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I'm reading up on network technology, but there's something that's got me scratching my head. I've read that a popular encoding for sending data across Ethernet is 8B/10B "Gigabit Ethernet".

I've read how the data is packaged up in "frames" which in turn package up "packets" of the data the application needs. Here's where it gets fuzzy. When I write a page of HTML, I set the encoding to Unicode. I understand that that page is packaged in the packet (formatted using the HTTP protocol, etc.)

If the HTML is in Unicode, but the Ethernet encoding is 8B/10B, how do the two encodings coexist? Is the message part of the packet in Unicode while the rest of the frame is 8B/10B?

Thanks for any help!

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Reading over this article, tcpipguide.com/free/…, it seems to suggest that the payload at each layer of the OSI model is not re-encoded, but rather new headers/footers are put at the ends around the payload and those are encoded in something new. So, the entire frame is a mix bag of encodings, all sent over the wire together. Anyone that can confirm? –  Nick Ramirez Mar 6 '12 at 5:02
    
At each layer, there is an envelope of data that tells that layer how to handle the data. Imagine giving a friend a large package to take to the post office. That package that contains several individually stamped letters in it that the receiver will then mail. The large package may be delivered to a different country so that the receiver of it can more easily deliver each of the individual letters that are in envelopes with their own addressees. –  Fly Mar 6 '12 at 15:41
    
BTW, the 8B/10B is just a way that lower-layer (Ethernet) protocol encodes the octets that it receives. The receiving Ethernet device will know to reverse that encoding, so that the HTTP/TCP/IP layers never even know that the lower layer used 8B/10B. For all HTTP knows, you might be using carrier pigeons to deliver the packets. faqs.org/rfcs/rfc1149.html –  Fly Mar 6 '12 at 15:44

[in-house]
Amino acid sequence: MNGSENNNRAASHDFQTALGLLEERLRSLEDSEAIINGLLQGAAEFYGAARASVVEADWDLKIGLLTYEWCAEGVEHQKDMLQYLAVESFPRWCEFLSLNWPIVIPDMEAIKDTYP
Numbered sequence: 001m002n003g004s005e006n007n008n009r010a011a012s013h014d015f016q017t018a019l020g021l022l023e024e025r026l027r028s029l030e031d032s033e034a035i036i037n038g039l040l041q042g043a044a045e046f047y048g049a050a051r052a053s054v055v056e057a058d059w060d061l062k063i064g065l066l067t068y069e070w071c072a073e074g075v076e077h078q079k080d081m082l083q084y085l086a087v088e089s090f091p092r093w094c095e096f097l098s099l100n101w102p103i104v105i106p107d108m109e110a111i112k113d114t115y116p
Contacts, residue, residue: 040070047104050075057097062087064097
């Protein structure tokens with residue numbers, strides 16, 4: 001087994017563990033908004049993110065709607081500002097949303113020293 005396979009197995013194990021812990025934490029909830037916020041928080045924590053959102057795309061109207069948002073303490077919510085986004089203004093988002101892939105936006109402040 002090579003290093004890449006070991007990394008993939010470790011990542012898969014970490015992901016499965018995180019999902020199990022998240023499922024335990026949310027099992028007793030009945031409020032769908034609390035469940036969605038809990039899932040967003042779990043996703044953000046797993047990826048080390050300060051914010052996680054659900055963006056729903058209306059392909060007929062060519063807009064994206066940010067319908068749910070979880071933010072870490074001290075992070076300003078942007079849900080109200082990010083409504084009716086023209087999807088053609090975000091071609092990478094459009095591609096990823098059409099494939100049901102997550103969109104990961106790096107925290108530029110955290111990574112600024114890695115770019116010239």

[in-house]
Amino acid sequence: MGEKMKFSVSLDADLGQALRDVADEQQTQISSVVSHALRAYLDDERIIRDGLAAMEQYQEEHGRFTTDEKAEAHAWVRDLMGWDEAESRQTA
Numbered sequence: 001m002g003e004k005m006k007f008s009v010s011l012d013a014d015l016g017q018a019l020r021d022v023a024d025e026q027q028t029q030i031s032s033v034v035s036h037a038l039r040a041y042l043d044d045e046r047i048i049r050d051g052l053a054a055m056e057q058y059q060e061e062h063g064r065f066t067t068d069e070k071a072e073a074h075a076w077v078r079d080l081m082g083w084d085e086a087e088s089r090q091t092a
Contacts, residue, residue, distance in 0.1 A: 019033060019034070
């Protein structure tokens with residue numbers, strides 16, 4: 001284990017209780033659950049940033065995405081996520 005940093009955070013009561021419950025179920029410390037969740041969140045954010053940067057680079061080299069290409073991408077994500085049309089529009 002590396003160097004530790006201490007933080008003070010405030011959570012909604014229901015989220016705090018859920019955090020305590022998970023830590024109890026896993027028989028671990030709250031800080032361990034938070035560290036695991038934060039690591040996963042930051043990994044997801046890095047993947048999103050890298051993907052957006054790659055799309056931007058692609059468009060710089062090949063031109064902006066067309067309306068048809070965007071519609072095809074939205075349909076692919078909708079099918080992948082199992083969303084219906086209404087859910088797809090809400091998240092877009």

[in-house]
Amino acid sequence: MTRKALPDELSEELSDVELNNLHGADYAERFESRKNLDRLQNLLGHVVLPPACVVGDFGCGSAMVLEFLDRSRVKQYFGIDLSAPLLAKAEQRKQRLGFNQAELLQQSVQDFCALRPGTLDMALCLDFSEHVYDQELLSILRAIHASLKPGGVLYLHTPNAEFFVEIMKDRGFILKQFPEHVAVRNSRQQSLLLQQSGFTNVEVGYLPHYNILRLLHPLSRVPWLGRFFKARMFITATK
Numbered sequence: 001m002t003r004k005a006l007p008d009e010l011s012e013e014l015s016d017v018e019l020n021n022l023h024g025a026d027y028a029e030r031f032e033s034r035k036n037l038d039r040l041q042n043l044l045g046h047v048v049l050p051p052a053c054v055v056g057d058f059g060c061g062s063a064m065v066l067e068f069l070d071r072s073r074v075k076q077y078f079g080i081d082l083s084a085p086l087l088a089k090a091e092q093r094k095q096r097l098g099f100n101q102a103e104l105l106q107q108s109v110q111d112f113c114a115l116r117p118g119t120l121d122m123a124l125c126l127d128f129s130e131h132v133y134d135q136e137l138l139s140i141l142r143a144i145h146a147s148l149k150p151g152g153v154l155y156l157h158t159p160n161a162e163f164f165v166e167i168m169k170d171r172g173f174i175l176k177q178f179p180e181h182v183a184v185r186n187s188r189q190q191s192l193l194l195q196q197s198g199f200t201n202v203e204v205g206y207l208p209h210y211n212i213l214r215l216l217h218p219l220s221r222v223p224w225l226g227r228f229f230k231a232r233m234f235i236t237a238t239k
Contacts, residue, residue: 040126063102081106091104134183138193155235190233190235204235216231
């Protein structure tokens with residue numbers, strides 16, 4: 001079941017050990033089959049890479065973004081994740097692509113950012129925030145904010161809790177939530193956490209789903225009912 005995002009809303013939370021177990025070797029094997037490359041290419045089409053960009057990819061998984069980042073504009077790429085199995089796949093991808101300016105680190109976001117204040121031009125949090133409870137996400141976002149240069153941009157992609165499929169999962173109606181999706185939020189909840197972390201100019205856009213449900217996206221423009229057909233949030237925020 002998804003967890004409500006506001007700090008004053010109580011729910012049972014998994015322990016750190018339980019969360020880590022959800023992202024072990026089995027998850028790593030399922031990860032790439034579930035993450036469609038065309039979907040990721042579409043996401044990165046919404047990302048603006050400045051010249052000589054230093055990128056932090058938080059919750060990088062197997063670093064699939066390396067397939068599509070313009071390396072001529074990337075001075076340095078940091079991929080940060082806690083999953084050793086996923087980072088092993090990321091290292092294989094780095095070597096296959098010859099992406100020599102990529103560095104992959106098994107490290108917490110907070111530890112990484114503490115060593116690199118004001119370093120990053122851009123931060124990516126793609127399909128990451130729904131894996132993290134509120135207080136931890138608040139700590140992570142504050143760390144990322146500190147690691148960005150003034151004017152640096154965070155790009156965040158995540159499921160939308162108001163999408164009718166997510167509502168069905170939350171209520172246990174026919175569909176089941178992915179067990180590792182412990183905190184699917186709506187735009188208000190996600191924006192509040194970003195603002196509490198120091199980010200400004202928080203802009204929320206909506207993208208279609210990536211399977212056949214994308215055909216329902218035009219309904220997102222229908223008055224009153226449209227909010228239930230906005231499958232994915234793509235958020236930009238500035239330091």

1 Answer 1

They really don't have much to do with each other. Ethernet is a "lower level" protocol than the HTTP over which your HTML is sent.

The HTML itself is simply data, and Unicode is a way to encoding characters with bits/bytes.

In contrast, Ethernet is a communications protocol for transfering bits/bytes/packets on a link between devices.

See here: http://en.wikipedia.org/wiki/OSI_model

Ethernet in the OSI 7 layer model is basically layer 2, the data link layer. HTTP and your HTML character encoding are the "Data" layers above layer 4 (which is basically TCP). The abstractions at each layer mean that each layer only has to worry about its job. The layers of 4 and below are responsible for getting your data from point A to point B. Ethernet is part of the "getting data from point A to point B" problem. The layers above that are for figuring what to do with that data. Your Unicode encoding is a "what to do with that data" question.

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Thanks. I read over the wiki article. I'm still not sure how the data is encoded and sent over the wire though. Is it that parts of the frame are in one encoding and other parts in another? Or does it somehow wrap one encoding inside of another. I'm not sure how that would work? How could it represent the bits in two different ways at the same time? –  Nick Ramirez Mar 6 '12 at 3:56
    
HTTP for example wraps up its data into a series of octets (eight bits). Then it passes those bits to, say TCP, which determines how to break that long stream of octets into packets. TCP then passes the packets (just chunks of your original octets with an "envelope" of additional data that TCP knows how to handle) to the IP layer, which figures out how to send those (after adding it's own envelope) to the Ethernet layer, which also may add more envelope data, and then eventually to the hardware, which puts electrical signals/transitions on the wires that have meaning as ones or zeros. –  Fly Mar 6 '12 at 15:37

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